Out-of-the box CIDER uses the standard Emacs tooling for code completion. When you press TAB or M-TAB you’ll get completion candidates in a dedicated buffer.
There are two things to keep in mind about the standard completion:
Normally TAB only indents, but now it will also do completion if the code is already properly indented.
While the standard Emacs tooling works just fine, we suggest that
CIDER users consider using
company-mode instead. Company
can be used for auto-completion in both source code and REPL buffers.
After installation, you can turn on
or through mode-specific hooks:
(add-hook 'cider-repl-mode-hook #'company-mode) (add-hook 'cider-mode-hook #'company-mode)
company-mode is enabled, it will receive completion information
cider-complete-at-point and requires no additional setup or plugins.
If you’d prefer to trigger completions manually you can add this to your config:
(setq company-idle-delay nil) ; never start completions automatically (global-set-key (kbd "M-TAB") #'company-complete) ; use M-TAB, a.k.a. C-M-i, as manual trigger
To make TAB complete, without losing the ability to manually indent, you can add this to your config:
(global-set-key (kbd "TAB") #'company-indent-or-complete-common)
company-mode will provide completion candidates with the
assumption that whatever you’ve typed so far is a prefix of what
you’re really trying to type. For example, if you type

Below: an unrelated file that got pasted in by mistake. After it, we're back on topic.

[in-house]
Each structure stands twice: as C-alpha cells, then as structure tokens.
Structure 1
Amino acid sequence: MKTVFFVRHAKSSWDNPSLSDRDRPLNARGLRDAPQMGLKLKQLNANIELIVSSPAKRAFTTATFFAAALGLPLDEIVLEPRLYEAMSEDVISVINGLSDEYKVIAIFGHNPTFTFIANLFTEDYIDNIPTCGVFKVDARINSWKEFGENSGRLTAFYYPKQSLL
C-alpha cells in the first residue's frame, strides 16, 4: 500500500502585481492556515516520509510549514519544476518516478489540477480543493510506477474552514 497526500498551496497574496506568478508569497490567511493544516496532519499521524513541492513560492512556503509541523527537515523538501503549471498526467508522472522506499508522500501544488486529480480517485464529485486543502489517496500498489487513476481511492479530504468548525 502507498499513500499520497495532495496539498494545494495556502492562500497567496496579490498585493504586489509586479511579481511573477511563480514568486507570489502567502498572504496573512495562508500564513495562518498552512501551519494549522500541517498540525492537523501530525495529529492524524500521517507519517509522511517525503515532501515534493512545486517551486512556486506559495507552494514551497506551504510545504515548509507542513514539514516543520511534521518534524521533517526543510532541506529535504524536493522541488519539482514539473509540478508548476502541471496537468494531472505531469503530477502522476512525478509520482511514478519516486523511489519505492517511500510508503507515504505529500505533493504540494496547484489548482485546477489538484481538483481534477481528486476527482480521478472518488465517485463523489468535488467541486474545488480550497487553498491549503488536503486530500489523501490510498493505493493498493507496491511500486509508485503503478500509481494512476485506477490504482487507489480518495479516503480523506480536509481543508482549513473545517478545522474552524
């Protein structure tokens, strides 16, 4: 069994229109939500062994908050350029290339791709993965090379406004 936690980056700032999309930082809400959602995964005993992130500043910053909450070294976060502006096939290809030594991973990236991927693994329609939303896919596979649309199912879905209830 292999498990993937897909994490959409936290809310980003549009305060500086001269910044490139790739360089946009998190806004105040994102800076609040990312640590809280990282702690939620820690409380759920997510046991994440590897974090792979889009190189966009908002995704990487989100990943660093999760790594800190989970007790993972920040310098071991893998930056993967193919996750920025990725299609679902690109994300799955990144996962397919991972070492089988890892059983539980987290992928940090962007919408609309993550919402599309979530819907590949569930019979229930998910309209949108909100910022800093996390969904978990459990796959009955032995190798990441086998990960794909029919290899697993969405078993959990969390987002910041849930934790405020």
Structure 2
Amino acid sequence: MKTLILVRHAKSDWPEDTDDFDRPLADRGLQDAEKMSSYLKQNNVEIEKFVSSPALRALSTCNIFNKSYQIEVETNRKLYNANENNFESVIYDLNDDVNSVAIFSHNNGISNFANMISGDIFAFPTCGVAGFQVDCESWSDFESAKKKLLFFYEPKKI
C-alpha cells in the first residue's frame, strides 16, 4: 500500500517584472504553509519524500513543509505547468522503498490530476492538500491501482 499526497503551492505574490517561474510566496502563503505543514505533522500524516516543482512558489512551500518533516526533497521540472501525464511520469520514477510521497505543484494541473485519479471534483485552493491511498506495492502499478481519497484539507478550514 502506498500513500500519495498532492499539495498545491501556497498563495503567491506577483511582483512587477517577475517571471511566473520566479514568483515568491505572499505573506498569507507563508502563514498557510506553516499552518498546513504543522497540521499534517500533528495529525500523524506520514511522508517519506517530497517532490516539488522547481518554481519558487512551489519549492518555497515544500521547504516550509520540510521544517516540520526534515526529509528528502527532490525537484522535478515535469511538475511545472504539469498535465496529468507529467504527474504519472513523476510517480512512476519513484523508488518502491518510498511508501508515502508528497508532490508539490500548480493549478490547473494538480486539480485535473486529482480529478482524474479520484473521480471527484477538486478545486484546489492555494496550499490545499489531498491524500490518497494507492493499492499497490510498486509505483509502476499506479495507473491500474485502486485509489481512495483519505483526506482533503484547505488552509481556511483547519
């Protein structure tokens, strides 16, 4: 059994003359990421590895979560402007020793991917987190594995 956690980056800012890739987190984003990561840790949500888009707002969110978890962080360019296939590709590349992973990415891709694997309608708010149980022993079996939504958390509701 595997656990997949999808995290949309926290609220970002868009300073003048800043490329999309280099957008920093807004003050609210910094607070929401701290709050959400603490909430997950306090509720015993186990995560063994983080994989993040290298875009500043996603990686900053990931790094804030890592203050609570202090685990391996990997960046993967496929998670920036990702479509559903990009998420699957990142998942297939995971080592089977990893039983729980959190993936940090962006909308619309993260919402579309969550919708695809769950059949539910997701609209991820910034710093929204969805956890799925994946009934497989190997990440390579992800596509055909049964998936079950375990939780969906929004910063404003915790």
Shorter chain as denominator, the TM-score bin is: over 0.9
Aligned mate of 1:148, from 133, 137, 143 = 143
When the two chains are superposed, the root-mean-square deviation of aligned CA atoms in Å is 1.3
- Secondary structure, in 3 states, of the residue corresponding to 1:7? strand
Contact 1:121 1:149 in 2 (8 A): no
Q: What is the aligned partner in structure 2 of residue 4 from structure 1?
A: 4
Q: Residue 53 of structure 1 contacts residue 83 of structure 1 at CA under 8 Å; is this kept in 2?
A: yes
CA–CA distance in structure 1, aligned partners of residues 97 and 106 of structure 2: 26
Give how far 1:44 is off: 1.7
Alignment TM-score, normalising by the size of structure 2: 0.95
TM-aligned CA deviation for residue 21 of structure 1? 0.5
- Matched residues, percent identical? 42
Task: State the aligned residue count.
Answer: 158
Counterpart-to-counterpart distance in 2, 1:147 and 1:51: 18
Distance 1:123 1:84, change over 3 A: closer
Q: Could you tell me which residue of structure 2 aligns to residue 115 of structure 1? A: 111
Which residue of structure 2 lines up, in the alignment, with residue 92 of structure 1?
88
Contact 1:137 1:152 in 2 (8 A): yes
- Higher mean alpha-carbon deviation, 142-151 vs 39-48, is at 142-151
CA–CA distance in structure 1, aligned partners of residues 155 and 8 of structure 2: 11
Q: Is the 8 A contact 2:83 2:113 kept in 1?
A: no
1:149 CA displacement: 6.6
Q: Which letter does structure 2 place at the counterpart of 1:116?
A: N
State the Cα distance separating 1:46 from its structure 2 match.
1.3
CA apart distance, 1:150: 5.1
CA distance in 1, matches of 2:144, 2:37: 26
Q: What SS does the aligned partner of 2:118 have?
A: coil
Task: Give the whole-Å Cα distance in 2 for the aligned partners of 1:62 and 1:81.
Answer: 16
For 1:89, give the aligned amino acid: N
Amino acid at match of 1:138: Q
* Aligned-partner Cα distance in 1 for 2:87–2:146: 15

you’ll only get completion candidates that have
map- as the
beginning of their names. Sometimes, you don’t know the exact prefix
for the item you want to type. In this case, you can get
CIDER-specific "fuzzy completion" by adding:
(add-hook 'cider-repl-mode-hook #'cider-company-enable-fuzzy-completion) (add-hook 'cider-mode-hook #'cider-company-enable-fuzzy-completion)
company-mode will accept certain fuzziness when matching
candidates against the prefix. For example, typing
mi will show you
map-indexed as one of the possible completion candidates and
will complete to
clojure.java.io. Different completion examples are
Completion candidates will be annotated by default with an abbreviation
corresponding to their type, and (contextually) their namespace. The function
used to format the annotation can be configured by
cider-annotate-completion-function. The abbreviations used are configured by
cider-completion-annotations-alist and the context in which their namespace is
included is configured by
Completion annotations can be disabled by setting
Sometimes the user may want to use a different completion style just for the CIDER
complete at point function. That can be achieved by setting
completion-category-defaults, overriting the completion style of the CIDER
complete at point function. The following snippet accomplishes that:
(add-to-list 'completion-category-defaults '(cider (styles basic)))
Sometimes, the completion fails to recognize new classes that came with
dependencies that were loaded dynamically after the REPL was started (e.g. via
M-x cider-completion-flush-caches (or going through the menu
CIDER Interaction->Misc->Flush completion cache) forces the completion backend
to re-read all classes it can find on the classpath.
You don’t really need to know any of this if you’re using only
The bulk of the code completion logic resides in
cider-nrepl completion middleware. Internally it delegates to
compliment for the Clojure completion and
clj-suitable for the ClojureScript completion.
Starting with nREPL 0.8, there’s also a built-in
completions nREPL op that CIDER will fallback to, in the absence of
cider-nrepl. Its API is similar to that of the
complete op in
cider-nrepl and it can be configured to use different completion functions. The built-in op currently supports only Clojure. See the nREPL docs for more details.
Basically, you’ll get great code completion in the presence of
cider-nrepl and basic completion otherwise.